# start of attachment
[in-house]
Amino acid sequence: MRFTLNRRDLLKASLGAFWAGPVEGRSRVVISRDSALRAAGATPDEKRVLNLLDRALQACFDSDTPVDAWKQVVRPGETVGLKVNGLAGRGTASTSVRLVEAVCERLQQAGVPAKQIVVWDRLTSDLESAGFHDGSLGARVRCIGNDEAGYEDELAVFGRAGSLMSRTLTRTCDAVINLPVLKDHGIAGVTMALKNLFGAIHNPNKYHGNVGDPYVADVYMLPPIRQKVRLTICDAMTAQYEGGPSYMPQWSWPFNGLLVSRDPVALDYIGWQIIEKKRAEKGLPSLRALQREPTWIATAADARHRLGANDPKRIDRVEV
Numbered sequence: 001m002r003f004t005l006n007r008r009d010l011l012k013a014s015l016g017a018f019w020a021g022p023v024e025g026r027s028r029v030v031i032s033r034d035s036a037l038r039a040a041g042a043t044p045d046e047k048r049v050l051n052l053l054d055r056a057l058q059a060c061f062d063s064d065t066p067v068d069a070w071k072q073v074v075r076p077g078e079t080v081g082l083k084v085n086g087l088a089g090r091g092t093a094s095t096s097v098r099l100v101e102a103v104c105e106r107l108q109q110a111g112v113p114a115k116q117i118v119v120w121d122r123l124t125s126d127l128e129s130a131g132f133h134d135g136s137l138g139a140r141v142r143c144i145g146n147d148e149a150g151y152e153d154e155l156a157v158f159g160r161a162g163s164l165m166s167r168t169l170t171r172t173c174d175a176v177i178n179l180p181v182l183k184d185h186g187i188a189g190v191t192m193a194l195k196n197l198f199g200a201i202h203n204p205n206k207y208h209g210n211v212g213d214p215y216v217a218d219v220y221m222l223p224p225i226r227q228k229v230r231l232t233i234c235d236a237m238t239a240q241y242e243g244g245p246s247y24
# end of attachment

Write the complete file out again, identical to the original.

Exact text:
[in-house]
Amino acid sequence: MRFTLNRRDLLKASLGAFWAGPVEGRSRVVISRDSALRAAGATPDEKRVLNLLDRALQACFDSDTPVDAWKQVVRPGETVGLKVNGLAGRGTASTSVRLVEAVCERLQQAGVPAKQIVVWDRLTSDLESAGFHDGSLGARVRCIGNDEAGYEDELAVFGRAGSLMSRTLTRTCDAVINLPVLKDHGIAGVTMALKNLFGAIHNPNKYHGNVGDPYVADVYMLPPIRQKVRLTICDAMTAQYEGGPSYMPQWSWPFNGLLVSRDPVALDYIGWQIIEKKRAEKGLPSLRALQREPTWIATAADARHRLGANDPKRIDRVEV
Numbered sequence: 001m002r003f004t005l006n007r008r009d010l011l012k013a014s015l016g017a018f019w020a021g022p023v024e025g026r027s028r029v030v031i032s033r034d035s036a037l038r039a040a041g042a043t044p045d046e047k048r049v050l051n052l053l054d055r056a057l058q059a060c061f062d063s064d065t066p067v068d069a070w071k072q073v074v075r076p077g078e079t080v081g082l083k084v085n086g087l088a089g090r091g092t093a094s095t096s097v098r099l100v101e102a103v104c105e106r107l108q109q110a111g112v113p114a115k116q117i118v119v120w121d122r123l124t125s126d127l128e129s130a131g132f133h134d135g136s137l138g139a140r141v142r143c144i145g146n147d148e149a150g151y152e153d154e155l156a157v158f159g160r161a162g163s164l165m166s167r168t169l170t171r172t173c174d175a176v177i178n179l180p181v182l183k184d185h186g187i188a189g190v191t192m193a194l195k196n197l198f199g200a201i202h203n204p205n206k207y208h209g210n211v212g213d214p215y216v217a218d219v220y221m222l223p224p225i226r227q228k229v230r231l232t233i234c235d236a237m238t239a240q241y242e243g244g245p246s247y24